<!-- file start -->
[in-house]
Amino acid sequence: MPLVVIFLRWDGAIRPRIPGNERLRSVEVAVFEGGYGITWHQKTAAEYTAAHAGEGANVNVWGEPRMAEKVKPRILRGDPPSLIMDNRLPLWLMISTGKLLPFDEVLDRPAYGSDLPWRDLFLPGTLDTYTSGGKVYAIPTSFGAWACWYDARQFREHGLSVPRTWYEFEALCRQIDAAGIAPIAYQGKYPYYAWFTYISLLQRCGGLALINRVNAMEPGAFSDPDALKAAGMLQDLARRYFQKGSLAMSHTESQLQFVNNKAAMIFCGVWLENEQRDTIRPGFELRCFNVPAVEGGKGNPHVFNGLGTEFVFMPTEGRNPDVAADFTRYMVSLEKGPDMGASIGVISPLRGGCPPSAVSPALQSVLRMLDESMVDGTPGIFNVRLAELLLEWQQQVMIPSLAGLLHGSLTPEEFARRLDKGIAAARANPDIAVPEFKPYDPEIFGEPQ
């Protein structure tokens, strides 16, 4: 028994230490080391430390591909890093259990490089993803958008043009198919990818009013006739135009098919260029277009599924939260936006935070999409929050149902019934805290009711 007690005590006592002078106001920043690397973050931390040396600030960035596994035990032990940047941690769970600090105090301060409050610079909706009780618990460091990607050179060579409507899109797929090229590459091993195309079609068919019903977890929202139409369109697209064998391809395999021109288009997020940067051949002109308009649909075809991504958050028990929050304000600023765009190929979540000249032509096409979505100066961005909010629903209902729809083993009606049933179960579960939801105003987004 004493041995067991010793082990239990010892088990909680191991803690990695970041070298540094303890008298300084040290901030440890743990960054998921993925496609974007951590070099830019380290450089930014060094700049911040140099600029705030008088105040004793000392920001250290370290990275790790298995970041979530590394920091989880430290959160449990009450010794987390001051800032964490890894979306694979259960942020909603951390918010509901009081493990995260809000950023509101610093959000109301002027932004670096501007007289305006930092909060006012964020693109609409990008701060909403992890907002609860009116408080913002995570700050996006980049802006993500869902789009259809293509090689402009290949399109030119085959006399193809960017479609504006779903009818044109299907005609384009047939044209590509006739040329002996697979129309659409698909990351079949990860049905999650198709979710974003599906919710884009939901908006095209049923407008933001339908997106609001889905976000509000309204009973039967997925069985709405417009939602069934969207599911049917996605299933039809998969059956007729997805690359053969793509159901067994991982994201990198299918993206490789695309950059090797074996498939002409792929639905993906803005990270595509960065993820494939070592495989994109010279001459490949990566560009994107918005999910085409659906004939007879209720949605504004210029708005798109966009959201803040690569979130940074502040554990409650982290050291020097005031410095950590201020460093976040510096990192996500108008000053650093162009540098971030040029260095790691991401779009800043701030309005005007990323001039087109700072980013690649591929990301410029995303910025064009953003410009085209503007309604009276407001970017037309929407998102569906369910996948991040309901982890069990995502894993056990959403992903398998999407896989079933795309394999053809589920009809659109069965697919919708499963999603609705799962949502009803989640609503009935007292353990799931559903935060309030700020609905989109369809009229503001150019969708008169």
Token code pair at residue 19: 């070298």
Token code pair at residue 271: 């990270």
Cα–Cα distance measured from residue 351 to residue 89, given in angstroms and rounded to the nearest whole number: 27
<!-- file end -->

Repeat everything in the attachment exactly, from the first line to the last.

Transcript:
[in-house]
Amino acid sequence: MPLVVIFLRWDGAIRPRIPGNERLRSVEVAVFEGGYGITWHQKTAAEYTAAHAGEGANVNVWGEPRMAEKVKPRILRGDPPSLIMDNRLPLWLMISTGKLLPFDEVLDRPAYGSDLPWRDLFLPGTLDTYTSGGKVYAIPTSFGAWACWYDARQFREHGLSVPRTWYEFEALCRQIDAAGIAPIAYQGKYPYYAWFTYISLLQRCGGLALINRVNAMEPGAFSDPDALKAAGMLQDLARRYFQKGSLAMSHTESQLQFVNNKAAMIFCGVWLENEQRDTIRPGFELRCFNVPAVEGGKGNPHVFNGLGTEFVFMPTEGRNPDVAADFTRYMVSLEKGPDMGASIGVISPLRGGCPPSAVSPALQSVLRMLDESMVDGTPGIFNVRLAELLLEWQQQVMIPSLAGLLHGSLTPEEFARRLDKGIAAARANPDIAVPEFKPYDPEIFGEPQ
């Protein structure tokens, strides 16, 4: 028994230490080391430390591909890093259990490089993803958008043009198919990818009013006739135009098919260029277009599924939260936006935070999409929050149902019934805290009711 007690005590006592002078106001920043690397973050931390040396600030960035596994035990032990940047941690769970600090105090301060409050610079909706009780618990460091990607050179060579409507899109797929090229590459091993195309079609068919019903977890929202139409369109697209064998391809395999021109288009997020940067051949002109308009649909075809991504958050028990929050304000600023765009190929979540000249032509096409979505100066961005909010629903209902729809083993009606049933179960579960939801105003987004 004493041995067991010793082990239990010892088990909680191991803690990695970041070298540094303890008298300084040290901030440890743990960054998921993925496609974007951590070099830019380290450089930014060094700049911040140099600029705030008088105040004793000392920001250290370290990275790790298995970041979530590394920091989880430290959160449990009450010794987390001051800032964490890894979306694979259960942020909603951390918010509901009081493990995260809000950023509101610093959000109301002027932004670096501007007289305006930092909060006012964020693109609409990008701060909403992890907002609860009116408080913002995570700050996006980049802006993500869902789009259809293509090689402009290949399109030119085959006399193809960017479609504006779903009818044109299907005609384009047939044209590509006739040329002996697979129309659409698909990351079949990860049905999650198709979710974003599906919710884009939901908006095209049923407008933001339908997106609001889905976000509000309204009973039967997925069985709405417009939602069934969207599911049917996605299933039809998969059956007729997805690359053969793509159901067994991982994201990198299918993206490789695309950059090797074996498939002409792929639905993906803005990270595509960065993820494939070592495989994109010279001459490949990566560009994107918005999910085409659906004939007879209720949605504004210029708005798109966009959201803040690569979130940074502040554990409650982290050291020097005031410095950590201020460093976040510096990192996500108008000053650093162009540098971030040029260095790691991401779009800043701030309005005007990323001039087109700072980013690649591929990301410029995303910025064009953003410009085209503007309604009276407001970017037309929407998102569906369910996948991040309901982890069990995502894993056990959403992903398998999407896989079933795309394999053809589920009809659109069965697919919708499963999603609705799962949502009803989640609503009935007292353990799931559903935060309030700020609905989109369809009229503001150019969708008169």
Token code pair at residue 19: 């070298």
Token code pair at residue 271: 């990270």
Cα–Cα distance measured from residue 351 to residue 89, given in angstroms and rounded to the nearest whole number: 27